American brook lamprey larvae typically reside in soft sediments within shallow, slow moving, fresh water streams. A suitable speed of water movement is roughly 5 centimeters per second, while depths are frequently less than 50 centimeters. The soft sediment often consists of fine sand and silt, although coarse sand and gravel are sometimes present in small amounts.
Adult habitats are typically gravel-sand riffles, creeks, or small to medium rivers with a strong water flow. (Mundahl, et al., 2006)
Larval American brook lamprey, also called an ammocoete, hatch at about 2.6mm, but will continue to grow until metamorphosis, averaging 38mm at age 1. It is dark brown on the dorsal and lateral surfaces, and yellow-brown on the ventral surface.
Adult American brook lamprey are approximately 10.3 - 21.7cm long, 2.8 - 16.2g wet, with gray to black coloration on the dorsal and dorsal-lateral surfaces, and tan to gray white on the ventral and ventral-lateral surfaces. No distinction exists between male and female individuals.
Eggs are sphere shaped, adhesive, and sink to the bottom of the water. Color can range from pale yellow to light green.
As is characteristic with lampreys, this species has cartilage, as opposed to bones, does not possess jaws, scales, or paired fins, and has one nostril and seven pairs of rounded gill slits. This species possesses a dorsal fin, distinctly separated into two parts and with a black stripe at its base, a mouth disk narrower than the head, and teeth in a cluster pattern on the oral disc, as opposed to in rows. The caudal fin is simple and rounded. ("American Brook Lamprey", 2016; Page and Burr, 2016; "Lampetra appendix (DeKay); AMERICAN BROOK LAMPREY.", 2017)
American brook lamprey larvae hatch in the late spring to early summer, 20 to 22 days after eggs are fertilized. American brook Lamprey begin to undergo metamorphosis in the late summer, after a minimum of 4.5 years in the larval stage, but perhaps after more years. During metamorphosis, the filter feeding mechanisms become suction disks with teeth, and the eyes become fully functional. Metamorphosis is complete in the spring, when adults will begin breeding. ("American Brook Lamprey", 2008; Page and Burr, 2016)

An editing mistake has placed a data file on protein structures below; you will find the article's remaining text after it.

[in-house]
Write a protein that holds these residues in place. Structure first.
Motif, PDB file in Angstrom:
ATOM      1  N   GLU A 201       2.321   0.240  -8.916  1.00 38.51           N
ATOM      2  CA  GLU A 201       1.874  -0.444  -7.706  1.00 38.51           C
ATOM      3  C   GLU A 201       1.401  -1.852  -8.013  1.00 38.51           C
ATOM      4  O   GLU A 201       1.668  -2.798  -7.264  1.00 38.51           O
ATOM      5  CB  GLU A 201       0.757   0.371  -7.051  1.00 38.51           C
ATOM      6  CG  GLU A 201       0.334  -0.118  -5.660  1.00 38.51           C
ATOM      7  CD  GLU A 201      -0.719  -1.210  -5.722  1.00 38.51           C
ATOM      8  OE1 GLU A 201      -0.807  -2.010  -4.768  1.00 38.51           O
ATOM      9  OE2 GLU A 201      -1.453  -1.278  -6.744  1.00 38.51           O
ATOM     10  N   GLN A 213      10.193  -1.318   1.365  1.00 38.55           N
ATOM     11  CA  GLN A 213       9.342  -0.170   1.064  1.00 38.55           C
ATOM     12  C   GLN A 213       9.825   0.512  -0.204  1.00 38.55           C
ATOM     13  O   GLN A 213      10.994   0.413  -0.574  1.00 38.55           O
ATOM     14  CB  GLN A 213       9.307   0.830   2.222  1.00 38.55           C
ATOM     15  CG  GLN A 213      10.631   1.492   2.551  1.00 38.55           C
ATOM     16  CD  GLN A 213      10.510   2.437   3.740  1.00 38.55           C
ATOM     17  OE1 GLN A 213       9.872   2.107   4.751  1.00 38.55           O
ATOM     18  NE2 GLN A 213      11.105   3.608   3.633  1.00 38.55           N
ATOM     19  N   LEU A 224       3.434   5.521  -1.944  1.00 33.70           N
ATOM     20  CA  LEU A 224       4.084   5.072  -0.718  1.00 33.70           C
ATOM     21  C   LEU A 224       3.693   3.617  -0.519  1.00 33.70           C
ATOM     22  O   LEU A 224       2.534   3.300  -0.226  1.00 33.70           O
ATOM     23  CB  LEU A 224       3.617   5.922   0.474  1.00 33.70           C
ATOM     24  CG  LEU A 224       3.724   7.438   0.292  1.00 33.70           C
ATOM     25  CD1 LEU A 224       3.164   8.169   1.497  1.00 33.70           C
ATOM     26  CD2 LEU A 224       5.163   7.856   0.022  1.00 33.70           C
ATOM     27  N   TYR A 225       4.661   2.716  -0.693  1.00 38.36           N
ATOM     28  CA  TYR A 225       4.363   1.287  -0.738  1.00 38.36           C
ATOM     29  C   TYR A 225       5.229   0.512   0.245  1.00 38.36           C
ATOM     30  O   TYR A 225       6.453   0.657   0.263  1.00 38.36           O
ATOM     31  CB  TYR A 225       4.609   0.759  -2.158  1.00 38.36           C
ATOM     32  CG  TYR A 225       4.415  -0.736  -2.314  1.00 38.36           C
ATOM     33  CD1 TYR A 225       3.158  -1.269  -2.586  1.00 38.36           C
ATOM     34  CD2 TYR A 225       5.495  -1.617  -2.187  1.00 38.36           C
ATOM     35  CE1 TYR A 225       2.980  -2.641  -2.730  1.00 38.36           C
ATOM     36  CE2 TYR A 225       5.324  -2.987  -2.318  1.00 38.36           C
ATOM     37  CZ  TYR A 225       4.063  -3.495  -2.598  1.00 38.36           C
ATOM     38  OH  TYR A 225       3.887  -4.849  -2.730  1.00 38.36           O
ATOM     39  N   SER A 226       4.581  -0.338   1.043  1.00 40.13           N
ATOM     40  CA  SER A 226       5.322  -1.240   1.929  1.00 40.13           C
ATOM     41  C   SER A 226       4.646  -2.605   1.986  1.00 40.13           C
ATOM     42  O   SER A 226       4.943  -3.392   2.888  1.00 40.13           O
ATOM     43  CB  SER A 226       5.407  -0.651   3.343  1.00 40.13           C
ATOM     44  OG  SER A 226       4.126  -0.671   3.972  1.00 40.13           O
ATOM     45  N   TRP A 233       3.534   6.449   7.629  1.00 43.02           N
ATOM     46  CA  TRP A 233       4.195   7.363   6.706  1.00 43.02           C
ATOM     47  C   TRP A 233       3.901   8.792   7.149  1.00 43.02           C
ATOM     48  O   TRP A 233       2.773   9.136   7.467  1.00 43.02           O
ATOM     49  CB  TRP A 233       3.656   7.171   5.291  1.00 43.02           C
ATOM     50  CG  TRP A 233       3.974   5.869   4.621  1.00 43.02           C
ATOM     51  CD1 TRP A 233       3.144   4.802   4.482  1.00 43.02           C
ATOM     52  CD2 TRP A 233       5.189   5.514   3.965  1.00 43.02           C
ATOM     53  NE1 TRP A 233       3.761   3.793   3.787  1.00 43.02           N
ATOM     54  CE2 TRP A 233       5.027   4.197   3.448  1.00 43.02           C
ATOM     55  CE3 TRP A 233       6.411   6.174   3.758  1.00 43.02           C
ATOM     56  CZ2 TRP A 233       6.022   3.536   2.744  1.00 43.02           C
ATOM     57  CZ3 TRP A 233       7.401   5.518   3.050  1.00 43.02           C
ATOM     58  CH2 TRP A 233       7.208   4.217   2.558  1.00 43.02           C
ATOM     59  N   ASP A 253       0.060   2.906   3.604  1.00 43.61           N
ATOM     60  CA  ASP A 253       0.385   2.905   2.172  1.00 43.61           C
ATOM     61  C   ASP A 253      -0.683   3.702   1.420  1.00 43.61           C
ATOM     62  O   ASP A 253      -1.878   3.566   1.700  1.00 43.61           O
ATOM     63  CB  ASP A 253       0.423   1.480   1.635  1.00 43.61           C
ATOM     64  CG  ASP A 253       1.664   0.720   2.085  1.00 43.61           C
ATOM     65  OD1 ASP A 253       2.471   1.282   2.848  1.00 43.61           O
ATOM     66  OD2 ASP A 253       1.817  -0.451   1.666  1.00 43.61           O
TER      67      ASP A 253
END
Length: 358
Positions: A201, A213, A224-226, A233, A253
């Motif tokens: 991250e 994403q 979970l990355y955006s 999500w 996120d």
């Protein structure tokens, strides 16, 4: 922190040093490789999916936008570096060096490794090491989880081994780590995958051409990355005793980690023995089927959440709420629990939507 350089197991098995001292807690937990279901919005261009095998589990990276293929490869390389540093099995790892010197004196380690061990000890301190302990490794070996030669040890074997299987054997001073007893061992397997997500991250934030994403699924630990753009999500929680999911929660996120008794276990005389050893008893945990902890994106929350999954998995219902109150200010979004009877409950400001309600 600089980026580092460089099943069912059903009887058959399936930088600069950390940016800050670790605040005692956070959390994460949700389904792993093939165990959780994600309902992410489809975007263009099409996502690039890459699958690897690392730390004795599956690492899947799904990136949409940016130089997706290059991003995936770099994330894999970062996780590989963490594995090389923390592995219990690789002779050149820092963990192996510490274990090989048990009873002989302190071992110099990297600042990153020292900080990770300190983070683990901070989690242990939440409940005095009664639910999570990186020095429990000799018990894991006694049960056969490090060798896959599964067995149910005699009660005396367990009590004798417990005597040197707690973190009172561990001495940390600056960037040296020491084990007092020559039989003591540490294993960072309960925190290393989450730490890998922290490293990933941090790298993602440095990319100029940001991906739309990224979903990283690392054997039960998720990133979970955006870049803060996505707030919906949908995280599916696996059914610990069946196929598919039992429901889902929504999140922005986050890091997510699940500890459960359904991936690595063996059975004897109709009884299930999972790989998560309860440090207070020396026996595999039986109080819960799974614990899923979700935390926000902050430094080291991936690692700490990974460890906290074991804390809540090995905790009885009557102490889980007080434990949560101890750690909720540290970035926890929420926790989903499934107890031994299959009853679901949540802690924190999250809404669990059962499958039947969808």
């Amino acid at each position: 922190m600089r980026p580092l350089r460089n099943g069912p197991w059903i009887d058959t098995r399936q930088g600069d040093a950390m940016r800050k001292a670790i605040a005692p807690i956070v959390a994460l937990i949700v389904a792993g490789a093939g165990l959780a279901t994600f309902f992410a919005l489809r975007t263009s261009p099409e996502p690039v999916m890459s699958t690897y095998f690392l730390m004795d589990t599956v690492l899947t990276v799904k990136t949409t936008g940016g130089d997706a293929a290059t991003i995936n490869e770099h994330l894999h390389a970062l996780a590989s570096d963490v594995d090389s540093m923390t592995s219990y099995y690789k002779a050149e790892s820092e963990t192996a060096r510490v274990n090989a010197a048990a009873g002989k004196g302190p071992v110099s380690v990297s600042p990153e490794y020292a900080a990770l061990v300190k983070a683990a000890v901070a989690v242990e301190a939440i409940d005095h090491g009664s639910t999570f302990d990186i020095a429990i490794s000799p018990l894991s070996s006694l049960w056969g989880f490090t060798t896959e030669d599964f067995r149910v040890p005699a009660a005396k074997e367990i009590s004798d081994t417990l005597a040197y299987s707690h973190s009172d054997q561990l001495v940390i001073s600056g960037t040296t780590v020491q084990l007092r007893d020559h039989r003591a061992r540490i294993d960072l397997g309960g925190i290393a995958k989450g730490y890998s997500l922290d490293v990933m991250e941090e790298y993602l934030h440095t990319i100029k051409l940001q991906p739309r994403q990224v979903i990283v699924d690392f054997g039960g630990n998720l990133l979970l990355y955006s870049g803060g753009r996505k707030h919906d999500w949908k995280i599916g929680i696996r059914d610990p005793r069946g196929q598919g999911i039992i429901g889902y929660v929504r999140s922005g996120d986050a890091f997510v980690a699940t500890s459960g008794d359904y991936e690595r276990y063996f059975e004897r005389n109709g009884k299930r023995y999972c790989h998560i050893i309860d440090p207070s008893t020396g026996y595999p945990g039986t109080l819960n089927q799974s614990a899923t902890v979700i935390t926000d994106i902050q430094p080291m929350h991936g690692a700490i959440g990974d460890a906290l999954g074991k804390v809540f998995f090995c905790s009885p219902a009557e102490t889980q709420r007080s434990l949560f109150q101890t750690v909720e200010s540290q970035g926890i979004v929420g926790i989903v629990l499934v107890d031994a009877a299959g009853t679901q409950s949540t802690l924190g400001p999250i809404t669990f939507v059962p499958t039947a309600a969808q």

Female American brook lamprey build nests, typically around 16cm in diameter, and use their oral disc to attach to a rock at the upstream end of their nesting site. The male uses his oral disk to attach to the female's head, then wraps his tail around her body so that their urogenital regions are in close proximity. The male contracts his body to assist the female in extrusion of the eggs. Both individuals vibrate vigorously for some seconds before releasing their gametes, serving to partially bury the fertilized eggs.
Multiple adult pairs may congregate to one location when spawning, with a record of 14 spawning lampreys found in one nest. (Page and Burr, 2016)
American brook lamprey larvae at a minimum of 4.5 years of age begin metamorphosis in late summer, and are fully developed adults and begin to spawn in spring, dying soon after. Per female, more than 1600 eggs are laid in nests in gravel-sand riffles or small to medium rivers, and then may run with the strong flow of the water. With the proper conditions, eggs hatch in 20 to 22 days, producing the larval lamprey. ("American Brook Lamprey", 2016; Hammerson, 2012; Page and Burr, 2016; "Lampetra appendix (DeKay); AMERICAN BROOK LAMPREY.", 2017)
Parental involvement ceases after reproduction. When larvae hatch from eggs, parents are often deceased. ("American Brook Lamprey", 2016)
American brook lamprey spend at least 4.5 years in the larval stage before beginning metamorphosis, although they may wait longer. Adults do not feed, existing solely to spawn, and will die approximately six months after metamorphosis. (Eschmeyer, et al., 2017)